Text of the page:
Nature and Faith in Images and Words

Rod's Blog

Garden Bird Photography - Tips and Hints

Posted by Rod Ferbrache on September 12, 2014 at 7:50 AM

I have been bird watching for 19 years now, and one aspect that still brings me most pleasure is my garden, and the birds it attracts. Over the years I have seen over 60 species touchdown into the Christa-Galli "nature reserve". This includes rarities such as Hawfinch (twice), Wryneck, as an unprecedented January bird, Black-throated Bulbul from who knows where, as well as Kingfisher, Lesser Whitethroat, Great Spotted Woodpecker, and many other commoner species.

However it has only been in the last couple of years that I have been seriously photographing garden birds. This has been made easier by constructing my own theatre stage to ensure getting closer to the birds than would be naturally possible. I thought it might be interesting for folks to see my set up, and it may even inspire some to try something in their own garden. Obviously there are two ways of getting close up pictures of birds. One as I have already mentioned is to get as close as possible to your subject, or more expensively, to buy the big lens that will bring them closer to you.I must say at the outset, that I am blessed by having the size garden that I do, yet what I am about to demonstrate could be achieved with a much smaller garden.

The first thing is to provide somewhere to hide from the birds, and below is how I do it. This small tent was purchased for only £24 from Aladdin’s Cave. Once it was erected I put inside a quite comfy small fold up chair that is about a foot high. Then having mounted my camera on a tripod, and put it inside, I marked out where the lens would need to poke through. I then cut out a “window out of the side of the tent, the dimensions as shown. I purchased a piece of green garden mesh for Camp du Roi stores for 50p, and secured it outside the window with string and pegs. Having cut a cross through the mesh for my lens I was ready to go. I left the tent in place for a few days, and in no time the birds got used to it being there, and totally happy with me being inside provided movement and noise were kept to a minimum.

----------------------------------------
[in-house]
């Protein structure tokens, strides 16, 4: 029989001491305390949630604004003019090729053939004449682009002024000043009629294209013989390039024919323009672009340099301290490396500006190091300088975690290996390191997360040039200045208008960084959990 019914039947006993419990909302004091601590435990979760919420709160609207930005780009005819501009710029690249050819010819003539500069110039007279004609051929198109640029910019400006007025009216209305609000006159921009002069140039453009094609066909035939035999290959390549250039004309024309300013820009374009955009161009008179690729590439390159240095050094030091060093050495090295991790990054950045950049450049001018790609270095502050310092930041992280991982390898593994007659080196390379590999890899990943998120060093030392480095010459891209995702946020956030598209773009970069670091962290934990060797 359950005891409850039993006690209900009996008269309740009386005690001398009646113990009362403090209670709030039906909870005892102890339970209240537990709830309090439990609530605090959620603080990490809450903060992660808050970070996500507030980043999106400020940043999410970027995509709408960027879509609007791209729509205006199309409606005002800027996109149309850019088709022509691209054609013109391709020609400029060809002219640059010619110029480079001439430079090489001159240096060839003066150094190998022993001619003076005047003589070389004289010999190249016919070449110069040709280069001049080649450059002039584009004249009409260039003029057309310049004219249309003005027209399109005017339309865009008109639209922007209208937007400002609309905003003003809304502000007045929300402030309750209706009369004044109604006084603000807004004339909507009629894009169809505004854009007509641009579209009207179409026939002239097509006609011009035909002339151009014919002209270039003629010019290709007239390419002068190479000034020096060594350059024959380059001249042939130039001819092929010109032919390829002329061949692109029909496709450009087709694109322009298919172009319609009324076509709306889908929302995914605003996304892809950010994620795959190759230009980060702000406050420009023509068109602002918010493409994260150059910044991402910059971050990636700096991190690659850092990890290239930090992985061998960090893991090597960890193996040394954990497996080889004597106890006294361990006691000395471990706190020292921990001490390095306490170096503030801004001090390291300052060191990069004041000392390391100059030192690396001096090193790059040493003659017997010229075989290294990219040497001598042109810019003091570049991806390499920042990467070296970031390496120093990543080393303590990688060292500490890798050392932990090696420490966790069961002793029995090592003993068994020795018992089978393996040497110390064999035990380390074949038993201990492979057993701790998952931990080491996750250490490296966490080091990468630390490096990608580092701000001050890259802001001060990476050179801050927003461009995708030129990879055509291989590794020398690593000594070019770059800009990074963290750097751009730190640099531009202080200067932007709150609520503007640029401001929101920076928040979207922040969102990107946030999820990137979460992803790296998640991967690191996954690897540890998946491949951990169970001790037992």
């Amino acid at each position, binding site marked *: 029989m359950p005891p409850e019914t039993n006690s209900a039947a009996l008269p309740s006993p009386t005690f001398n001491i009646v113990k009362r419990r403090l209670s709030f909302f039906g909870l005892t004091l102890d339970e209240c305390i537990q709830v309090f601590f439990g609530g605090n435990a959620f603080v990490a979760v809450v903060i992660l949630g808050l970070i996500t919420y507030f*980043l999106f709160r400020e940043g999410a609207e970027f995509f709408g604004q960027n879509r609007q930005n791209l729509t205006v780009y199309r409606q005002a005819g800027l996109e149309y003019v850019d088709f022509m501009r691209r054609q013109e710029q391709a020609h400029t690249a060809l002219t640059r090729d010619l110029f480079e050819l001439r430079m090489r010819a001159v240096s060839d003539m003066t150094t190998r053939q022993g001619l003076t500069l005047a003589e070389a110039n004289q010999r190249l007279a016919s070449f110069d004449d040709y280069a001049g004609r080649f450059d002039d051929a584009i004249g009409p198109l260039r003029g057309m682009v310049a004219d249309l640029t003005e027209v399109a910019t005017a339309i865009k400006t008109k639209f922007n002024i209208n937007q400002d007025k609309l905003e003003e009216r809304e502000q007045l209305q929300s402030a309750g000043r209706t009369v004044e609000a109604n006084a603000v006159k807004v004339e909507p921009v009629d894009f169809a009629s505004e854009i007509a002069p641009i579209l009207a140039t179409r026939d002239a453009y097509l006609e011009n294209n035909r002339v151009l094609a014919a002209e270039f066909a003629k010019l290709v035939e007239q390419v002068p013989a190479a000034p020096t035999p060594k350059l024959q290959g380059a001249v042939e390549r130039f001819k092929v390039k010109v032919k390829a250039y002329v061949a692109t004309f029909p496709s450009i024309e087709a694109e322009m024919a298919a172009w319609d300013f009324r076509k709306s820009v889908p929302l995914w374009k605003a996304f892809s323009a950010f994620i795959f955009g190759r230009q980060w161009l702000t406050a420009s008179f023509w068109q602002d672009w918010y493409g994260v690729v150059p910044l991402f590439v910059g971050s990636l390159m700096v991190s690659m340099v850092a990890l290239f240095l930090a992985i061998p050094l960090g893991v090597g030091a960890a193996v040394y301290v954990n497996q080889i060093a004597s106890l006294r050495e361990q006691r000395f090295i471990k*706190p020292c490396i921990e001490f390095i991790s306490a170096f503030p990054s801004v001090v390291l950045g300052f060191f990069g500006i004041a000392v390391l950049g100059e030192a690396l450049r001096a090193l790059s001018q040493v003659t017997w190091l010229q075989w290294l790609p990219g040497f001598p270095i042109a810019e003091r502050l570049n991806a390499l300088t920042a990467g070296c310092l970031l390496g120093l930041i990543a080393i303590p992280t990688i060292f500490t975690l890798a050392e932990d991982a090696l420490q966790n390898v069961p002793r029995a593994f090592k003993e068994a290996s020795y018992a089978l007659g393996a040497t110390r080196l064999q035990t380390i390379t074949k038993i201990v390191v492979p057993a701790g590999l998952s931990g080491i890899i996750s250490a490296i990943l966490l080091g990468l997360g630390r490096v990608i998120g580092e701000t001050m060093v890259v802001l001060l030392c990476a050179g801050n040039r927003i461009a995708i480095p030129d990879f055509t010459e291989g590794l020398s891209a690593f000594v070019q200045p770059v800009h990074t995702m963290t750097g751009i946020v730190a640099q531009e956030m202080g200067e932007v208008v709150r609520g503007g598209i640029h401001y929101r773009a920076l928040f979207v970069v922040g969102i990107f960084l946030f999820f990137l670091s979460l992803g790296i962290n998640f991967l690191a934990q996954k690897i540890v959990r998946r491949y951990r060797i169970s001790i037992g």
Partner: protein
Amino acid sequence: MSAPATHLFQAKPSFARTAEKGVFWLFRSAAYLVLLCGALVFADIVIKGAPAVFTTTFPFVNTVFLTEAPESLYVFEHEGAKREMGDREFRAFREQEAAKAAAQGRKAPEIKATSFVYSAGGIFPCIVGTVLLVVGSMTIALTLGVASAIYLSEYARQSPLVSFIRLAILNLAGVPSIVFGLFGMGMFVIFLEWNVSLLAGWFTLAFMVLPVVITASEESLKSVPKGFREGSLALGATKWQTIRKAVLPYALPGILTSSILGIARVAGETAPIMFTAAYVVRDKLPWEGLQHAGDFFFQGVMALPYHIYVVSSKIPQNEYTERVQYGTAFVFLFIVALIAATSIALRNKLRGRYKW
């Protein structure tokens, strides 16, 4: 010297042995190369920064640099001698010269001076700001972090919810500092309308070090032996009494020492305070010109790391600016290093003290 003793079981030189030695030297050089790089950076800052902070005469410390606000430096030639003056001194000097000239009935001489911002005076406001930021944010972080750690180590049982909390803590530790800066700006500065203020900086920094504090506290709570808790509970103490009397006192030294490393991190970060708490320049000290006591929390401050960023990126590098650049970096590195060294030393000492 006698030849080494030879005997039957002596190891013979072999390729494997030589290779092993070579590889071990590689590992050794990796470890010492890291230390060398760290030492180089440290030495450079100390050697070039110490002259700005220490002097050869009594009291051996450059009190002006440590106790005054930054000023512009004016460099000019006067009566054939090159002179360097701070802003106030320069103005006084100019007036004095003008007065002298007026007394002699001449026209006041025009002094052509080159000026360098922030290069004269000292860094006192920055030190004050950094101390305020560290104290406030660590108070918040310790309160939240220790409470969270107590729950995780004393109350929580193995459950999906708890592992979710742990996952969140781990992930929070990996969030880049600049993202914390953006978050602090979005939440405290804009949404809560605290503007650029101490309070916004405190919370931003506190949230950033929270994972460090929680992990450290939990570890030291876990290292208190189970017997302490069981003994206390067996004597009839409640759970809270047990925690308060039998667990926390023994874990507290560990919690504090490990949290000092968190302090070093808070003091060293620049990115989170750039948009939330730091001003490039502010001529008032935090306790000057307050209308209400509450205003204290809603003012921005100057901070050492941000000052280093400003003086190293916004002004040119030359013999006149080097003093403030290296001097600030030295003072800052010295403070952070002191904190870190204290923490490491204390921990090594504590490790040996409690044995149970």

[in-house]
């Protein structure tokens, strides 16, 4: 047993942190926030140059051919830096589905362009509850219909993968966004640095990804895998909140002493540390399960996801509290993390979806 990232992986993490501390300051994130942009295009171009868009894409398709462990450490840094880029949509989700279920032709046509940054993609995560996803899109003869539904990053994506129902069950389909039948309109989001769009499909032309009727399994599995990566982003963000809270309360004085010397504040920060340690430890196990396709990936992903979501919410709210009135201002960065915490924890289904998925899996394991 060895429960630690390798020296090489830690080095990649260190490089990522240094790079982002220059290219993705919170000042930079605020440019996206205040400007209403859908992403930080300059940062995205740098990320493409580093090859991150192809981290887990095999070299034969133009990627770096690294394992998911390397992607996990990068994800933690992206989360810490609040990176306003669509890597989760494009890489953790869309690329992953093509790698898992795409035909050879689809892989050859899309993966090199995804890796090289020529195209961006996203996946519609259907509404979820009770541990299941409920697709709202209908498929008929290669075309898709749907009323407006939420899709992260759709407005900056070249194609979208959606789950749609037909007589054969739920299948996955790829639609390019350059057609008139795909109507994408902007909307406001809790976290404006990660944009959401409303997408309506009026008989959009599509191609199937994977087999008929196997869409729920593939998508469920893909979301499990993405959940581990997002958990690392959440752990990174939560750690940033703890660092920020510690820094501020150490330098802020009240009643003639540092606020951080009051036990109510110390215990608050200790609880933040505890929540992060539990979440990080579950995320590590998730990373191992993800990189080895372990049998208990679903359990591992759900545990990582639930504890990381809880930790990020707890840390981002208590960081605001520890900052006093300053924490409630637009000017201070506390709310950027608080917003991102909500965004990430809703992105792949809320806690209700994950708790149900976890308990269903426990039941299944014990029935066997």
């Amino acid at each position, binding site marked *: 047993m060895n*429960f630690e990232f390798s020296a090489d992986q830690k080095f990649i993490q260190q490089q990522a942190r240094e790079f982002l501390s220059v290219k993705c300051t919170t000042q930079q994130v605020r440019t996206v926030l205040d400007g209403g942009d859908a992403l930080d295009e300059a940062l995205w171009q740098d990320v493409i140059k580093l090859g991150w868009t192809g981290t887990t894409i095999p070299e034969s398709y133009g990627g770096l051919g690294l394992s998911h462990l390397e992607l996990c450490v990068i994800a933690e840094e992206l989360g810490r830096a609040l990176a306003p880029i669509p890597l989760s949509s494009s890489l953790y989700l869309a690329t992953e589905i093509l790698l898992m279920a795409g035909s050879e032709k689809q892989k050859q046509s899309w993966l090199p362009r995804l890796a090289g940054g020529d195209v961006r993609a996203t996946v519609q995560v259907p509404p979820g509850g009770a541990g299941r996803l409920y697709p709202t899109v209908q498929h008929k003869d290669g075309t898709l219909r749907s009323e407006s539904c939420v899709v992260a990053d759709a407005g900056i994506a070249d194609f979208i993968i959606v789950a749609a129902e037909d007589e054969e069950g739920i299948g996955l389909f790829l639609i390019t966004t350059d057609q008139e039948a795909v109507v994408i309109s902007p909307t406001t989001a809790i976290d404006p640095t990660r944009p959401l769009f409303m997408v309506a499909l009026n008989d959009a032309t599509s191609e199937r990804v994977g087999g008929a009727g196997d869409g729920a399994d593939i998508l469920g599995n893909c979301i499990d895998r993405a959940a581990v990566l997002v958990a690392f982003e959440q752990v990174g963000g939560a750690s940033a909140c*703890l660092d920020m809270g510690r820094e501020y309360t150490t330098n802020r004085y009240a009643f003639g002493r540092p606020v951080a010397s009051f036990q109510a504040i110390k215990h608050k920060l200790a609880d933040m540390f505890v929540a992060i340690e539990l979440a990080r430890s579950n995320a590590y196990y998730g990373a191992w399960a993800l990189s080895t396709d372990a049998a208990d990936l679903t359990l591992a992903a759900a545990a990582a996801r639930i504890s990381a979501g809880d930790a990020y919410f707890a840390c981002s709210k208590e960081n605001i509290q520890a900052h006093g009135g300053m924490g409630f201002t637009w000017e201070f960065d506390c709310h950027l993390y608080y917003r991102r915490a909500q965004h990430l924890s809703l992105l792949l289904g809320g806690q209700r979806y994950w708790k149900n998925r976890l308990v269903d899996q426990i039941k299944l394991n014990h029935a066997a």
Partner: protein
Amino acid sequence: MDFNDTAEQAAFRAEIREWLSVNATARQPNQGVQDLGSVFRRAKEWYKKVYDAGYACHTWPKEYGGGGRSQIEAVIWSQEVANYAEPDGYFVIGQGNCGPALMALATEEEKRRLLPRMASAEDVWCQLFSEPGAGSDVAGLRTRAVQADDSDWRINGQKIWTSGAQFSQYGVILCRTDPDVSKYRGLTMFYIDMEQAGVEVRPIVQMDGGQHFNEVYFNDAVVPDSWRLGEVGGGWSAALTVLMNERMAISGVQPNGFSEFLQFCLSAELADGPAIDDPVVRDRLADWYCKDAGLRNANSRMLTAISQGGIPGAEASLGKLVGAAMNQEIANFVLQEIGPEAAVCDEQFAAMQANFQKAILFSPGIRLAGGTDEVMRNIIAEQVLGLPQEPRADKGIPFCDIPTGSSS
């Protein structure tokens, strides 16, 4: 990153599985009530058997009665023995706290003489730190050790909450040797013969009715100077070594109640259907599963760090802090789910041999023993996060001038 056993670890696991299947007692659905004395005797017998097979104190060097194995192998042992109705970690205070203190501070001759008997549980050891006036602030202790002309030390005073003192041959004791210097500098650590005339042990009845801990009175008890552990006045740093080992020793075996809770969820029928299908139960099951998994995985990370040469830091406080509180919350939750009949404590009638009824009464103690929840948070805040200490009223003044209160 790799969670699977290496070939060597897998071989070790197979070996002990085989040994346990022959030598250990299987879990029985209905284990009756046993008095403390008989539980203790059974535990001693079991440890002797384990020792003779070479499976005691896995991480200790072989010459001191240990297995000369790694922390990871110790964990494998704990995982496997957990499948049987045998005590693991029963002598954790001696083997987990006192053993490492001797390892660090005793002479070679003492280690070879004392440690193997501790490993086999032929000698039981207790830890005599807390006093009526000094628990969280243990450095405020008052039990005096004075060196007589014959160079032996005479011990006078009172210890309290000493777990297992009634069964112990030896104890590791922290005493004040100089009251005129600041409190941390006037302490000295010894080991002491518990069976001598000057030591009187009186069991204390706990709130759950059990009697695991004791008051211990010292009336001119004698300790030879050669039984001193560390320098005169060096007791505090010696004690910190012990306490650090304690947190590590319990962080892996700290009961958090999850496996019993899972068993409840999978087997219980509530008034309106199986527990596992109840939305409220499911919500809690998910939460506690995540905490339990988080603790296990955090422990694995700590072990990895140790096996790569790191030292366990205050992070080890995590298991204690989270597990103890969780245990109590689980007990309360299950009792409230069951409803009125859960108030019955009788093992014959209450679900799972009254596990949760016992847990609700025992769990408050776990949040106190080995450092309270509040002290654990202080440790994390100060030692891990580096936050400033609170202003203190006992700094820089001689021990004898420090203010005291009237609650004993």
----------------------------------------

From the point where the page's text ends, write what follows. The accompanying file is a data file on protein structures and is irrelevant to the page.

I have recently upgraded to the click up hide from Outdoor Photography.


Here is my new hide in situ.

The next thing was to make sure the birds would land where I wanted them. First I moved my feeders from where they were, to where I wanted the birds to come. It only took a few days before the birds found them, and started to use them. However nobody likes photo's of birds on feeders, so a bit of scenery was needed. I always have a wood pile in the garden, but if you haven't you can always find bits that are left out in the countryside or in fields that will do the job.

I positioned my "Props" so that they all faced towards the window I had made in my tent. I also ensured that they would be in just the right place for the early morning sunlight to light them up. Also the morning is when the birds would be most active when it came to feeding. All the tree trunks that you see, I'm sure you will agree, have quite a natural look about them. How could I ensure though that the birds would land where I wanted them? Well I simply made some holes out of sight that I could fill with bird food, and left the rest to nature!

Add water either as a birdbath, or small pond and this will be an addittional bird magnet.

Ensure your props are as far away from the background as possible. this way it will keep your backgrounds clean.

There will always be a limit to the number of species you can attract, but as with feeding, the greater the variety the more species will visit. Next year I am going to make a mud puddle in the hope that I can entice some swallows and House Martins to use for their nest building. By my tent being mobile I could position it by the pond to photograph washing and drinking. Move it under the apple trees and get Redwings and Fieldfare feeding on the fallers. In fact really the sky literally is the limit!

Below are just a few photo's to illustrate just how natural you can get photo's to be. Plus if you get bored by the same props, just swap them for some different ones, they are free after all. I hope this may just give you a few ideas that you could try.


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1 Comment

Reply Sarah Garrard
4:24 PM on May 2, 2016 
Fantastic blog Rod need to plan some new props!